Well, yesterday’s news confirmed one of my fears for the launch of GW2: guesting will not be available at launch. If you don’t know what guesting is, it’s a feature that promises to let you play PvE with your friends on other servers for free. In a past post I lauded guesting as something that really sets GW2 apart from the antisocial server model of traditional MMO’s that keeps people apart. While they never made a binding promise that it would be available at launch, they certainly intended it to be:
‘When Guild Wars 2 launches, you will also have the option to play with your friends on another world with our free “guesting” feature.’
So this is an unplanned deviation from how ArenaNet wanted things to go. Fortunately, always true to the spirit of community, there will be free unlimited server transfers for an unspecified period when the game launches. This window will close when “server populations stabilize.” Hopefully the end of free server transfers will correspond with when guesting becomes available, but it’s not guaranteed in the post. I find the lack of a timeline a little worrying–the posts gives us no idea whether guesting is weeks or months from being ready. Let’s hope it’s the former.
I think we can speculate with some accuracy as to why guesting was delayed–the ship date. With development of GW2 beginning in the Spring of 2007, the game has been in production for nearly five and a half years. That’s a fairly standard development time for MMO’s–the original WoW and Rift had similar development periods. As much as ArenaNet kept up the mantra of “when it’s ready” and praised NCSoft for the latitude they get to take their time and make the game awesome, pressure to get the game to market definitely entered into the equation this year if not sooner. Furthermore, the fans are getting impatient too. My original estimates were way off–I thought we would have been playing GW2 around this time last year. Delaying the game after announcing the release date is just unfathomable.
The pressure of a deadline forces the developer to prioritize the must-haves above the nice-to-haves. Lacking a must-have feature would leave a gap in the game’s functionality that cannot be filled any other way, while a nice-to-have would be something convenient but can ultimately be accomplished via some other means. With all of the levers available to ArenaNet as far as the number of servers, server population caps, and control over server transfers, guesting must be considered a nice-to-have for launch. If ArenaNet needs to end free server transfers before guesting is ready, they could discount the cost of a server transfer during that period. There’s a lot they can do to keep people from freaking out, and more importantly they seem willing to do it.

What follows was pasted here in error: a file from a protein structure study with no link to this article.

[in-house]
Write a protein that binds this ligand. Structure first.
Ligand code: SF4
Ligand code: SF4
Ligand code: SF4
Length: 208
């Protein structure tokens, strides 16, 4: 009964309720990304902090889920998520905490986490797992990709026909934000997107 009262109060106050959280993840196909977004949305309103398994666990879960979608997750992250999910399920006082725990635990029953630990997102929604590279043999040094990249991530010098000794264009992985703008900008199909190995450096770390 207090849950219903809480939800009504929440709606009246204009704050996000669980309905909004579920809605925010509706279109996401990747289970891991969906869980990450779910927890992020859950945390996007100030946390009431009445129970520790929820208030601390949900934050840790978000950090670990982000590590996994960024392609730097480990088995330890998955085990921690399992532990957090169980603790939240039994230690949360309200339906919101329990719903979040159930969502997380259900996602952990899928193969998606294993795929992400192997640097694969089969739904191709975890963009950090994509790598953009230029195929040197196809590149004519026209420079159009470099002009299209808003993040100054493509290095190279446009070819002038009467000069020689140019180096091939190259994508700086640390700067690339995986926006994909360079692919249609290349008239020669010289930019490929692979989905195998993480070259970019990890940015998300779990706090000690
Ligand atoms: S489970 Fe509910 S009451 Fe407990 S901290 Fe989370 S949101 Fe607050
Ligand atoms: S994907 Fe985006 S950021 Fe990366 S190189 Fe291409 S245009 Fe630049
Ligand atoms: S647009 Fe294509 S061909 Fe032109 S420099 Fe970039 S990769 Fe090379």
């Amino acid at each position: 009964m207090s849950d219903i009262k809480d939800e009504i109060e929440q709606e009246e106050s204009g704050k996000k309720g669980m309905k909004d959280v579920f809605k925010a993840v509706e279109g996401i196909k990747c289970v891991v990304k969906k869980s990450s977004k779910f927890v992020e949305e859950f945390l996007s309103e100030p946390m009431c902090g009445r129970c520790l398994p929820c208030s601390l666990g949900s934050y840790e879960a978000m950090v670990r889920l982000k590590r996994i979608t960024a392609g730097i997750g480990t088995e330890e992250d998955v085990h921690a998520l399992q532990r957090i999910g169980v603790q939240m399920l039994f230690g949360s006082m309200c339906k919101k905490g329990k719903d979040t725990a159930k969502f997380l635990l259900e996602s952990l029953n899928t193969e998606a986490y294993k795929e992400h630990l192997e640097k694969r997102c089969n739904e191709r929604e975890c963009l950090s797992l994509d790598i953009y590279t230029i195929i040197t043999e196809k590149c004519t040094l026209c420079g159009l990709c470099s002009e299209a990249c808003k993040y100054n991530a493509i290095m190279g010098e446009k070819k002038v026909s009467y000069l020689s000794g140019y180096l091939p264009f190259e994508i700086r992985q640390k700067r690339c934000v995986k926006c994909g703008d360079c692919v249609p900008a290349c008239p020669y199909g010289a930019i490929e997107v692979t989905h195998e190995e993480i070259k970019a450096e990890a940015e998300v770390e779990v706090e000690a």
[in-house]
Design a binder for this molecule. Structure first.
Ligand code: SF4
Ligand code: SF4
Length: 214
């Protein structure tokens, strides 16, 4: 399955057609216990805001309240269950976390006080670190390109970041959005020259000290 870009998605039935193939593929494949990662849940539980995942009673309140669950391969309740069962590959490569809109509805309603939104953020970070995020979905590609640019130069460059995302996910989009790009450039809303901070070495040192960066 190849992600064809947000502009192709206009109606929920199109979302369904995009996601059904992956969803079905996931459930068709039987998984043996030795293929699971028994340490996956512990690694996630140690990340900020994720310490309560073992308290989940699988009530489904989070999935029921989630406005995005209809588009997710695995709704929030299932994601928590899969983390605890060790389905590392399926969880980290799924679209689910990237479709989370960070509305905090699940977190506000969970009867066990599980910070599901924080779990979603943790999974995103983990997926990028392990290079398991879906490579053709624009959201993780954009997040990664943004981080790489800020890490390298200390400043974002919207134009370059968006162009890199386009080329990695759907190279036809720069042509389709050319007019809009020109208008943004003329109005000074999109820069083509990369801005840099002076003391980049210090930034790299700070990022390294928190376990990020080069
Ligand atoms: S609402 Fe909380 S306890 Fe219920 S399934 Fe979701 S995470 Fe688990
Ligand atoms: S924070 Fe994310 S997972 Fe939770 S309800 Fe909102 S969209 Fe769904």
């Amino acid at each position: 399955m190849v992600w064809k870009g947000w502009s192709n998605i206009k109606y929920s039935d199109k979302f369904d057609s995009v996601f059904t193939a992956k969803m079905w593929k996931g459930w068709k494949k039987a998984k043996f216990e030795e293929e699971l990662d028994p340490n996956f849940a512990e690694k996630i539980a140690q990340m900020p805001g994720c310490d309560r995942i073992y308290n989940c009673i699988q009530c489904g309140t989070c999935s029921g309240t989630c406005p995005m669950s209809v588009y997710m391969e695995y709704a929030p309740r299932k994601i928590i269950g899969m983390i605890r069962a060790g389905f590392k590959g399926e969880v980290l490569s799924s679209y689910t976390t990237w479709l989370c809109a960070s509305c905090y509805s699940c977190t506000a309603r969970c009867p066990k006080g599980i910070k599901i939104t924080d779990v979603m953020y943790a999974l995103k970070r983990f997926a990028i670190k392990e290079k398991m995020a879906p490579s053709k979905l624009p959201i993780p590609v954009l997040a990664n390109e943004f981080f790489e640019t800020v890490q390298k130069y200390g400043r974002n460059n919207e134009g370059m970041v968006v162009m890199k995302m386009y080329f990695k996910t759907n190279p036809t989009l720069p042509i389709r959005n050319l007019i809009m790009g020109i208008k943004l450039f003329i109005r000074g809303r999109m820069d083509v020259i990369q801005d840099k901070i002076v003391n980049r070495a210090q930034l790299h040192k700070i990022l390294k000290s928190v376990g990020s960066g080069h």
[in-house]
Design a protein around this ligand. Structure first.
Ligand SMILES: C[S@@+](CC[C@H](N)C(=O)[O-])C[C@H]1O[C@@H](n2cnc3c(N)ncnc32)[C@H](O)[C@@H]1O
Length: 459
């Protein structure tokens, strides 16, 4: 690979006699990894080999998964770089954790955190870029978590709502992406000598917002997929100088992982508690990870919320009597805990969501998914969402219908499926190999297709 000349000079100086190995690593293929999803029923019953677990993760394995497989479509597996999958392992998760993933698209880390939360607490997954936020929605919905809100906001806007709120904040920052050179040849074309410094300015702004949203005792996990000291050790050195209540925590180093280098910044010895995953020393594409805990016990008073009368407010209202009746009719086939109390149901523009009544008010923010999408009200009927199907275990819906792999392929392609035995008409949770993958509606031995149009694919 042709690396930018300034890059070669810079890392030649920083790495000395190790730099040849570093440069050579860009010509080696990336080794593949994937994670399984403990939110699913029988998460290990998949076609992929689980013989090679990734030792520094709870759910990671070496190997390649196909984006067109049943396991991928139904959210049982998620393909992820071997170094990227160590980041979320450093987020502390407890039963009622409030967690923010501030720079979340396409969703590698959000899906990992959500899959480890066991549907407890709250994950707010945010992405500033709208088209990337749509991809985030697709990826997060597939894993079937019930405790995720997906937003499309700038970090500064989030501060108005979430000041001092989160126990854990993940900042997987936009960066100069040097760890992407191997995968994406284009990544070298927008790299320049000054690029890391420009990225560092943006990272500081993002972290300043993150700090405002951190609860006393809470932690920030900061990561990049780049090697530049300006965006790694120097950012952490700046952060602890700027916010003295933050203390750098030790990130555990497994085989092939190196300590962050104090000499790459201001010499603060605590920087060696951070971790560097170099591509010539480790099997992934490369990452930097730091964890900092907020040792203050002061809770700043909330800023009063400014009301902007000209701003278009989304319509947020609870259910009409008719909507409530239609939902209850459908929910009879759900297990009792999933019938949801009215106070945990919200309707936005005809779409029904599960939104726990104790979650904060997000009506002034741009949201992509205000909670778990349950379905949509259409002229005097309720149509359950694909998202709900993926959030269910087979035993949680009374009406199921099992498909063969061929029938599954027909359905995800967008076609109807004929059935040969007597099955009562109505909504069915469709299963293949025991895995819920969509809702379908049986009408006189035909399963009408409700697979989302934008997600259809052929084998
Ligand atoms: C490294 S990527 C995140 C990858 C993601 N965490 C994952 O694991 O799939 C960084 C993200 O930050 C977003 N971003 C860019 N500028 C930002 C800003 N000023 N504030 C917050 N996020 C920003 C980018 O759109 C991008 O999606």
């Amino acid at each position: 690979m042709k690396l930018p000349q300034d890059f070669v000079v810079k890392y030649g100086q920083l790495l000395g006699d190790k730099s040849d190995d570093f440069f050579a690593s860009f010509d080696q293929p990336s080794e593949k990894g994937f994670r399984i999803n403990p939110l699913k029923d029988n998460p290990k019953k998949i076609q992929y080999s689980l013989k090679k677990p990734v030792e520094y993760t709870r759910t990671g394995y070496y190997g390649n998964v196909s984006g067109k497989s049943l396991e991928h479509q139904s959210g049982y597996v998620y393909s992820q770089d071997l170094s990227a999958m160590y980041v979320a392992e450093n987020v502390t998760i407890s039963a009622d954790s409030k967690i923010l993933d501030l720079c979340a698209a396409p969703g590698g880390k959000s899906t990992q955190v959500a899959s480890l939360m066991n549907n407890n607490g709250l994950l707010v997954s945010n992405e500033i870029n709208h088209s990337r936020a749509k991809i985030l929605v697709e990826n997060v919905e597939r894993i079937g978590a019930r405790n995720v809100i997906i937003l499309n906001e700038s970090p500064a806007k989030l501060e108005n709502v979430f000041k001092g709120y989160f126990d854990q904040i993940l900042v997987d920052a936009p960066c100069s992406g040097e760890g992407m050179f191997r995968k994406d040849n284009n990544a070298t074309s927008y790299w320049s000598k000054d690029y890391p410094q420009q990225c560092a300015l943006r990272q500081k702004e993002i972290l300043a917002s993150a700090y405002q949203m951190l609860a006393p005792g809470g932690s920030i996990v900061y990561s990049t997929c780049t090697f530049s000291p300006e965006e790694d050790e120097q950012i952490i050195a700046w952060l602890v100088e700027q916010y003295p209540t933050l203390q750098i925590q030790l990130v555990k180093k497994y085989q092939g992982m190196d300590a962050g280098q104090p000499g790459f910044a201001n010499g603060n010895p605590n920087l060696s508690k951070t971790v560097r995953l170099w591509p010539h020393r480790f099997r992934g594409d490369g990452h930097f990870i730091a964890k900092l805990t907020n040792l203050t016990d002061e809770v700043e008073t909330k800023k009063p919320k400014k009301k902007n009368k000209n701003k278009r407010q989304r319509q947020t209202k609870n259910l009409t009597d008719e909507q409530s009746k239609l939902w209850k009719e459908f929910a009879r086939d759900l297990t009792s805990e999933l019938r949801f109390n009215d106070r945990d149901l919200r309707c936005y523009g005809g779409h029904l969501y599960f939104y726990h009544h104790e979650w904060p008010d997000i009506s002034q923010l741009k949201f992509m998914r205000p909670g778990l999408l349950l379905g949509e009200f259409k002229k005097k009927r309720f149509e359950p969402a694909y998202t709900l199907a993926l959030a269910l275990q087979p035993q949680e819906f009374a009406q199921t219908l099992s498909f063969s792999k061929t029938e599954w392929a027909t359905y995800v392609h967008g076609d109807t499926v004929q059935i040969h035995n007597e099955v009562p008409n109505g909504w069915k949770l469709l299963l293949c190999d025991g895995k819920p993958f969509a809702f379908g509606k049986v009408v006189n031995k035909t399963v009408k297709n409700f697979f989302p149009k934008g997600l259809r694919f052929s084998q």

Clearly, based on the old blog post linked above, they thought it would be ready. As a software developer, coming up with estimates for how long something will take to implement is an art, not a science, and people of all experience levels can easily get it wrong. Even if the estimates were accurate, more important stuff can come up that must be finished first. When you set your ambitions as high as ArenaNet has there’s always the risk you won’t get to everything you set out to do. And that’s okay. Frankly, when you have to look as closely as I am to find small things that won’t make it by launch, that’s a sign that the game is doing pretty damn well.
The only major consequence of this that I can see is that inevitably some people will be caught off-guard by the switch from free to paid server transfers and will end up locked on the wrong home server. This will result in hurt feelings and some unplanned paid server moves for those people. Ah well–omlettes and eggs and whatnot. The launch plan isn’t exactly what they said originally, but it seems perfectly reasonable.